By Mamadou Konkobo (aka Art Melody)*
Later today we play against Zambia for a place in the quarterfinals of the African Cup of Nations. We are first in our group, we just need to handle it well. Zambia has to win, we need at least a draw. I’m convinced we can qualify. Let’s just remember: “Ensemble soutenons les étalons à la conquête du ballon rond” (together, let’s support the Etalons in their conquest of the round ball”). Here’s some songs to build morale ahead of the clash.
Black So Man’s “Les étalons” was the anthem in the 1998 Afcon, but shortly after Black So Man had an accident, he passed away before attending the cup. To this day it remains the national soccer anthem, there are many other ones, but this is the best.
Victor Demé is one of the most popular Burkinabé artists, in recent years he has managed to raise Burkinabé music to an international level, he has won awards and is the artist who tours the most.
Black Marabouts’ “A qui la faute” is a song that talks about everyday life for the Burkinabé people. In the song the group asks people: whose fault is it if we can’t heal, if we can’t improve how our society is? It asks who is responsible, it reminds everybody of their own responsibilities, teachers going out with students, youths who choose not to work, but rather give into petty crime and prostitution, leaders who prefer to buy cars and build houses rather than take care of the country. I really dig that song. The group has since split up, but Black Mano had a really ill flow.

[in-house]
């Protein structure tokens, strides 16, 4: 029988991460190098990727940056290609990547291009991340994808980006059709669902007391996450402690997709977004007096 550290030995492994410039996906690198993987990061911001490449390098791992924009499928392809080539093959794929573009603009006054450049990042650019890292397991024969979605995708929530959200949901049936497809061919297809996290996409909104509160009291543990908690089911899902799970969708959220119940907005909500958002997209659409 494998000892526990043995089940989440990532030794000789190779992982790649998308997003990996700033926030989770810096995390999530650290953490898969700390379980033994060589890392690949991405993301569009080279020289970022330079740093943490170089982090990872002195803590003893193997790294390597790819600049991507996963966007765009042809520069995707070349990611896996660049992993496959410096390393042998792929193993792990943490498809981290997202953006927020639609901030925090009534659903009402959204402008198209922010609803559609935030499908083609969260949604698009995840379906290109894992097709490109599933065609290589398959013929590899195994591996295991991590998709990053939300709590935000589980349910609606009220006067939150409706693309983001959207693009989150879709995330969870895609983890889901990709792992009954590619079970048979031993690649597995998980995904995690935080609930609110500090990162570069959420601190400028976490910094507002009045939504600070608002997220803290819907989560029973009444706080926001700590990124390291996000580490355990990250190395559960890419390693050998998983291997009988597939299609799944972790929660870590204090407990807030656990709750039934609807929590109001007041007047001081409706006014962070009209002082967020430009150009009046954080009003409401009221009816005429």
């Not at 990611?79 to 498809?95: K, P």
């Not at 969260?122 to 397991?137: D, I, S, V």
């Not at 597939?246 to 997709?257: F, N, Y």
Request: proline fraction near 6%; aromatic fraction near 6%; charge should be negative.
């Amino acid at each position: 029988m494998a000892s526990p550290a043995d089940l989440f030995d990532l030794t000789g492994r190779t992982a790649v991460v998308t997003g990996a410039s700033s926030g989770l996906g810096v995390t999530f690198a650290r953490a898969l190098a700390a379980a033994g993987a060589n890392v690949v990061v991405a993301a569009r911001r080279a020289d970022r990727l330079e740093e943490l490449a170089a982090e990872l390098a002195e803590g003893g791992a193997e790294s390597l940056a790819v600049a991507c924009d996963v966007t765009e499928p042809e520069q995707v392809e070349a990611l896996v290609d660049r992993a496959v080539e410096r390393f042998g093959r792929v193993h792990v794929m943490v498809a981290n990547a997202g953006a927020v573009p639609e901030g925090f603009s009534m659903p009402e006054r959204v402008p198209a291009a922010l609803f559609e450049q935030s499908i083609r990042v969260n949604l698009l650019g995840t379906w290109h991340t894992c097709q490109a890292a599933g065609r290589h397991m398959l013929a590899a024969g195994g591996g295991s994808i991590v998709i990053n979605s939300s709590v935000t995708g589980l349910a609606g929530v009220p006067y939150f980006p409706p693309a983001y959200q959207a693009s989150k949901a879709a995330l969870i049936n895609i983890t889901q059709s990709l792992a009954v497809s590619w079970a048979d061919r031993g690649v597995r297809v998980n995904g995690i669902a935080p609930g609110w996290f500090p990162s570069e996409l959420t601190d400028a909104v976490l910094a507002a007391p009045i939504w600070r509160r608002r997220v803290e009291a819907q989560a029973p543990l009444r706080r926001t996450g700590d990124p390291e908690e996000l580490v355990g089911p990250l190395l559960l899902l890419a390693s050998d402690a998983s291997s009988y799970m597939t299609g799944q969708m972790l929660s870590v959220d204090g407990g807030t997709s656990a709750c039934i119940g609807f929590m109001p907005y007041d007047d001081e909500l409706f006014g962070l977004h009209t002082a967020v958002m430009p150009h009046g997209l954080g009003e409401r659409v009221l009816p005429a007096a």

WAGA 3000: “Sak Sin Paode”. Accept what is little, in the hopes of getting more. Or in other words, you have to accept your condition if you hope to grow. It’s a Mooré proverb, in the song we mainly talk about humility, how we never cease to learn, and how we must never stop respecting one another.
Orchestre Volta Jazz’s “Djougou Malola”. “Enemies are ashamed.” When somebody gets jealous, don’t mind them, work and move forward, you’ll eventually rise and they’ll remain in their own shame. Volta Jazz is one of those mythical 1970s groups. Until Florent Mazzoleni released his book about the history of Burkinabé music, very few were aware of them, but now there is a kind of renaissance, they are back in the studio working on a new album. Today Mustapha Maiga, the lead singer and saxophone player, is heading this renaissance.
And Amadou Ballaké is another one of the major figures in Voltaic music — that’s how it used to be called here, Haute Volta! He rose to fame in the 1970s, and is still around! He was a member of Africando for some time, and has done a lot for Burkinabé music across the decades.
* Art Melody is a rapper from Ouagadougou, Burkina Faso.